Steve Mann can’t remember the last time he competed so well at a tournament.
The Clarks Summit resident defended his USA Powerlifting Men’s Open Championship June 24 in Killeen, Texas with a dominating performance.
Mann, 37, broke both his personal and national records in the squat, bench, deadlift and total weight lifted.
“Everything was a personal and national record across the board,” he said. “I’m sure that I’ve never done that before.”
Mann started lifting competitively in ninth grade at Abington Heights High School in 1990-91 under coach Claude Welcome.
“I was lifting a little bit in seventh and eighth grade, and lifted for football, but I didn’t compete until I got into the gym at Abington (Heights),” Mann said.
According to Mann, his training schedule has seen some changes over the years.
“It’s varied over time,” he said. “Right now, I’m at three days a week and I train up to two and a half hours each workout. I’m hitting 37, which most people would say is end of life (for a powerlifter), but actually as a drug-free athlete it’s where you want to peak. I’ve picked some flexibility exercises in the last year and a half to help prevent some injuries that I was getting earlier. Some of the mobility work has decreased the chance of injury.”
While Mann excelled in his best lift, he was excited to improve in all lifts of the competition.
“My squat has been one of my main lifts since all the way back to ninth grade,” he said. “I hit personal bests in all my lifts. That’s the first time that has happened in a long time. It was a great thing for me to hit a 10- pound personal best and a national record, but I was very, very happy with hitting five or 10 -pound improvements in the other lifts as well. It’s really the total of everything that matters.”
According to Mann, now that his children are becoming older, he has been able to concentrate fully on his lifting.
“I’ve been able to focus in on the things that I need to worry about,” he said. “I do all my training before 7 a.m. and have done that for several years. I have four kids, aged 3-9, and we’re out of the diaper stage, so that helps and we’re out of the overnight losing sleep stage. Having more sleep helps a lot. Some of the keys are eat, sleep and training. All three of those are key components.”
Mann finished sixth in the World Powerlifting Championships last year and thinks that experience will pay dividends.
“It helps that I put on 78 pounds from last year’s winning total (at the USA Championships),” he said. “That always makes a difference. Also, experience at the world event is definitely key. It was good preparation. It will be a little more travel this year in Norway, so I have take that into my training for that time zone. With my early morning training schedule, I think I’ll be a little more prepared for the time difference.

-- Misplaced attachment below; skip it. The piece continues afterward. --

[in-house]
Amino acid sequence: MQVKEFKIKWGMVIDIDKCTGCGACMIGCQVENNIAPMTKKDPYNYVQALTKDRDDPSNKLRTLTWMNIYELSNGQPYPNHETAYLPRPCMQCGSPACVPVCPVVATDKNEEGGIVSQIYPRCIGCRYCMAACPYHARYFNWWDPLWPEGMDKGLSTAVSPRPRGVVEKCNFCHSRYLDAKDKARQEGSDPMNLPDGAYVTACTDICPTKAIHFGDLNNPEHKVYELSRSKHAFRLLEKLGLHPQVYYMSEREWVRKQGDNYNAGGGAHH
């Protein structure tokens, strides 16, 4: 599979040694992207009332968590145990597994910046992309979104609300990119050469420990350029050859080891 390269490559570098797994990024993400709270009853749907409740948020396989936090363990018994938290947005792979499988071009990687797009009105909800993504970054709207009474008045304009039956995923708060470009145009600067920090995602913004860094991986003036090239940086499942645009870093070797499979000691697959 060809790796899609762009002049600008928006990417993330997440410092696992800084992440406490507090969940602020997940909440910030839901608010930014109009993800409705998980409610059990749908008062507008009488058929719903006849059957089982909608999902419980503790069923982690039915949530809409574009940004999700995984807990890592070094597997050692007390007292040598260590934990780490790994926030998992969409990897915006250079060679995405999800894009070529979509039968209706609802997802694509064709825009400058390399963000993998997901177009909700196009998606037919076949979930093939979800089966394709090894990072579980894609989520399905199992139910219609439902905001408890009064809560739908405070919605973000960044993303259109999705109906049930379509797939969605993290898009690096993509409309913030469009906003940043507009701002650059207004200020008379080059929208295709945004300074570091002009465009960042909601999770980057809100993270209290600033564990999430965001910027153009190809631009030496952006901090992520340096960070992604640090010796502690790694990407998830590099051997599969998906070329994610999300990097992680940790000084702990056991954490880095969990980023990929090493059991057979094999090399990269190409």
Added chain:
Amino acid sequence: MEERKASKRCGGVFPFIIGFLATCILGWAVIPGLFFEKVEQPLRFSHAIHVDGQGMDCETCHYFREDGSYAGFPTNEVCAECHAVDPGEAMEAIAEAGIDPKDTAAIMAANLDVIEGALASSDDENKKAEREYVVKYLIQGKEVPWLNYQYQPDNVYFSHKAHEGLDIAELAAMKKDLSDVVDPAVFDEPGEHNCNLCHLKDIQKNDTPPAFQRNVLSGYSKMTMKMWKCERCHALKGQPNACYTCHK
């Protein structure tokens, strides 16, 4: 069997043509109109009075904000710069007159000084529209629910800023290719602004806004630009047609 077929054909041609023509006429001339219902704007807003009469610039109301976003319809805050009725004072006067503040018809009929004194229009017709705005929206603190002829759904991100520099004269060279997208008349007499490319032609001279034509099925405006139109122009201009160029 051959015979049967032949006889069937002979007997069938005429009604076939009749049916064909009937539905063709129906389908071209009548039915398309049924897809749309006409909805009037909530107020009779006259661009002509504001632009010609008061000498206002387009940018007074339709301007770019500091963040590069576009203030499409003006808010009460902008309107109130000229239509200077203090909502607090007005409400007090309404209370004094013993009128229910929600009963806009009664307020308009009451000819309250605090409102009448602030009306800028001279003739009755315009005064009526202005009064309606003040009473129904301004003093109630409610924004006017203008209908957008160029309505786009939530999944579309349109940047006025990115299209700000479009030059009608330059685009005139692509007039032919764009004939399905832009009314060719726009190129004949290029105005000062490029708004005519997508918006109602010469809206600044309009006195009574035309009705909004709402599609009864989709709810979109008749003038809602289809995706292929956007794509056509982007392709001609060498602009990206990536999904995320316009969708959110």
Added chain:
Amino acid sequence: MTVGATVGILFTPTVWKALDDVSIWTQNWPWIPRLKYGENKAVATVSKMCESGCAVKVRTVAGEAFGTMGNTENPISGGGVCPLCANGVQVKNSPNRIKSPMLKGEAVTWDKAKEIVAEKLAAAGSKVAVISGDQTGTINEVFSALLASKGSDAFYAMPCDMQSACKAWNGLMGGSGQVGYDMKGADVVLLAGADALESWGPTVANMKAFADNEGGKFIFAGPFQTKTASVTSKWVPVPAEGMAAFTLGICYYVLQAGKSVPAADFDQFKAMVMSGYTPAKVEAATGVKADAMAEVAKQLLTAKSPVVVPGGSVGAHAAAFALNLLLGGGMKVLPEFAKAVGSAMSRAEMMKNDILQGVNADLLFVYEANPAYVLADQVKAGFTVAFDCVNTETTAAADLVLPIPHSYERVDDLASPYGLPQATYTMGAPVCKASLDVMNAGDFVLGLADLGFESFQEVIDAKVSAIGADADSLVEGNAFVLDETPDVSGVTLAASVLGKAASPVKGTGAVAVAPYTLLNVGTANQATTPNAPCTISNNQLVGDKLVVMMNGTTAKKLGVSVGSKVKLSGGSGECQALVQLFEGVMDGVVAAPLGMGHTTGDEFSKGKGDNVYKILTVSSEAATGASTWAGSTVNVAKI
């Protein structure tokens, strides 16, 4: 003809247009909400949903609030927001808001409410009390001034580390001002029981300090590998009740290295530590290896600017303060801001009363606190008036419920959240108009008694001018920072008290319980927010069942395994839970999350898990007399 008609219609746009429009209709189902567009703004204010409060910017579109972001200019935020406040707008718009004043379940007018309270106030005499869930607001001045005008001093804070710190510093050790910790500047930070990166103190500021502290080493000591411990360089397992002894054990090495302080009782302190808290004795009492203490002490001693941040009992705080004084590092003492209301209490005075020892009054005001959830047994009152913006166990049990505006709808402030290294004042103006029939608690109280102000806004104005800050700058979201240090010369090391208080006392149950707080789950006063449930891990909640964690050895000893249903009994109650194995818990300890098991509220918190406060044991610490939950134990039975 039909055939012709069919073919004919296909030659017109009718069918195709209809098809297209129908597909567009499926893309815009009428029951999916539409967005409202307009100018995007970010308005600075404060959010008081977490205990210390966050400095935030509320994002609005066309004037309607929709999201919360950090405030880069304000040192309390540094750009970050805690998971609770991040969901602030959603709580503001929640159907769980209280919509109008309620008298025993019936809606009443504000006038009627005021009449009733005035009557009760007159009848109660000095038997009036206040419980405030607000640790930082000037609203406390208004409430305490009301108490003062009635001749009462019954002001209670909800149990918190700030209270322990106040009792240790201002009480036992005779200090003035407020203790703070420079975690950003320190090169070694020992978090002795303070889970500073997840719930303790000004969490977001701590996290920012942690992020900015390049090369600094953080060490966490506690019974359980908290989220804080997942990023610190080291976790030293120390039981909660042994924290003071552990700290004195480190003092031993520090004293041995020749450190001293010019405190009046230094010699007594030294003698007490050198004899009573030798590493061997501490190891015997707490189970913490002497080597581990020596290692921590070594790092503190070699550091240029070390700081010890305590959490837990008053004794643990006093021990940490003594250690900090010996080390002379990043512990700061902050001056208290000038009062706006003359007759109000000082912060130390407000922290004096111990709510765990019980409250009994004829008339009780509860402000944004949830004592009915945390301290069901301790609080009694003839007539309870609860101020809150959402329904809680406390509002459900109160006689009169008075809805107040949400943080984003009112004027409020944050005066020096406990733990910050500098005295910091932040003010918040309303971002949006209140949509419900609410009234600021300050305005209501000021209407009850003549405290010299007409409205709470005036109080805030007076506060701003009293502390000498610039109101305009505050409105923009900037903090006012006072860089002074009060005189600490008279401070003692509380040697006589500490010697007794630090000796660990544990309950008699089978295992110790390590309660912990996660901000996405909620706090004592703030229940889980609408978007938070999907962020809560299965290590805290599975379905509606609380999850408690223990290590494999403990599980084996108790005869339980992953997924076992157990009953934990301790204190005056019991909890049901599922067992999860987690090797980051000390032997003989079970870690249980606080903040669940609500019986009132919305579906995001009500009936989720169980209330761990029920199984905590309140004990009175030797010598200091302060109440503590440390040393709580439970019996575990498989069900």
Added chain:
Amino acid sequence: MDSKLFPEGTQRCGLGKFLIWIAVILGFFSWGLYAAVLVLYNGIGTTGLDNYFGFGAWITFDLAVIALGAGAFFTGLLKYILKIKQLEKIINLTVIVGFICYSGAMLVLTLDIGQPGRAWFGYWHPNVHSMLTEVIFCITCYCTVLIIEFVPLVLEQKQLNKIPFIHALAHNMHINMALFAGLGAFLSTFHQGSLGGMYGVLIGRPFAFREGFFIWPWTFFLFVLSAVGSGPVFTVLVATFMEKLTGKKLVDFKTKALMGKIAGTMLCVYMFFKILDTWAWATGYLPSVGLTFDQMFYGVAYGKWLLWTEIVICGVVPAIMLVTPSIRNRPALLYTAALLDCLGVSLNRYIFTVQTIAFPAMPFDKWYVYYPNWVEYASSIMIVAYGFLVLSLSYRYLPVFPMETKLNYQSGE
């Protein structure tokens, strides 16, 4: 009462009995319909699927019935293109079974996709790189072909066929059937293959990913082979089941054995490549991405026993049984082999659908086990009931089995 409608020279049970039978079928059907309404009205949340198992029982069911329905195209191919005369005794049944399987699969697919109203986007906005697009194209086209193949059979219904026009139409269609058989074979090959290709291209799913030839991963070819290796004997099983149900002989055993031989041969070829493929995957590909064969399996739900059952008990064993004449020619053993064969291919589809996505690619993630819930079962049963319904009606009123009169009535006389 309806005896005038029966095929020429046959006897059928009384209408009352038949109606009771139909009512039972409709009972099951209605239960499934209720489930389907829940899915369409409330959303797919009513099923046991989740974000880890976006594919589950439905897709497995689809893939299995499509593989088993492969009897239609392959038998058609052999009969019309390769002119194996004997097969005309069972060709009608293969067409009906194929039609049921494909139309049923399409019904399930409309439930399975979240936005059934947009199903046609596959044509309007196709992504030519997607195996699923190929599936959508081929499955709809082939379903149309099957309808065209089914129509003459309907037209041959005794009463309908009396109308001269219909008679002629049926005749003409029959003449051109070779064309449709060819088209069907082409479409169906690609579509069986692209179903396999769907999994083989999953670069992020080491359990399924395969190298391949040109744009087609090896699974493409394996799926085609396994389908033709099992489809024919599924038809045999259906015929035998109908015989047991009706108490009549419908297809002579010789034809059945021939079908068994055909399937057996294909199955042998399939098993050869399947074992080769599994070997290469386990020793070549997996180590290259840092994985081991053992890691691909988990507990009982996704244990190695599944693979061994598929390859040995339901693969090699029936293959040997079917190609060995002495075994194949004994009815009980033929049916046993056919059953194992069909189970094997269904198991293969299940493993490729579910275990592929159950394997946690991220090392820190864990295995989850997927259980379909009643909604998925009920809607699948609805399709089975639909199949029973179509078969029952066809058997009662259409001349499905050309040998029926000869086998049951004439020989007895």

Mann has also adjusted his workout routine to meet the demands of international competition.
“I always try to maximize how much work I can get in an hour and a half to two hours training,” he said. “A lot of times it’s not working up near my max, it’s working on solid technique and quickly over the two hour workout to get ready for the international competition. The tournaments go very, very fast. The ability to lift heavy weight quickly is a big key.”
Mann is thankful to have a group of dedicated men to help him in his training and a gym that offers convenient hours.
“Brown’s is an awesome gym because it’s open 24-hours,” he said. “Sometimes I can’t sleep if I have a big workout planned and I get there at 4 a.m. I’m able to do some stretching in the early morning. The equipment is top-notch and I also rely heavily on my spotters and loaders. Some of the guys are installers for Frontier Communications and UPS and FedEx delivery guys.”
According to Mann, those men have adapted to his grueling workouts.
“They are very reliable guys that are here more often than I am, but they now have come up to speed with spotting me and not being worried that I’m gonna drop weights on them,” he said. “They have become more comfortable with me and moving 700 pounds at 6 a.m. isn’t something that freaks them out. They have seen it over and over for the past three or four years now.
“They have helped me a lot.”
Brown’s Gym owner Jim Brown has also been supportive of Mann throughout his career.
“When he’s been at some of the events, he’s helped me out by cheering me on and helping me out with strategy,” Mann said.
Mann is also grateful to his sponsors, Geodis Supply Chain Optimisation (GSCO) and Titan Support Systems for their support.
“I for sure need sponsor help to get to these events, especially to places like Norway. And these two companies have helped me greatly,” he said.
Mann has been married 11 years to his wife, Jenny. They have four children: Jacob, 9; Kaylee, 6; Zach, 4 and Kaitlyn, 3.
For more information on Mann, visit his website www.mannofsteel.com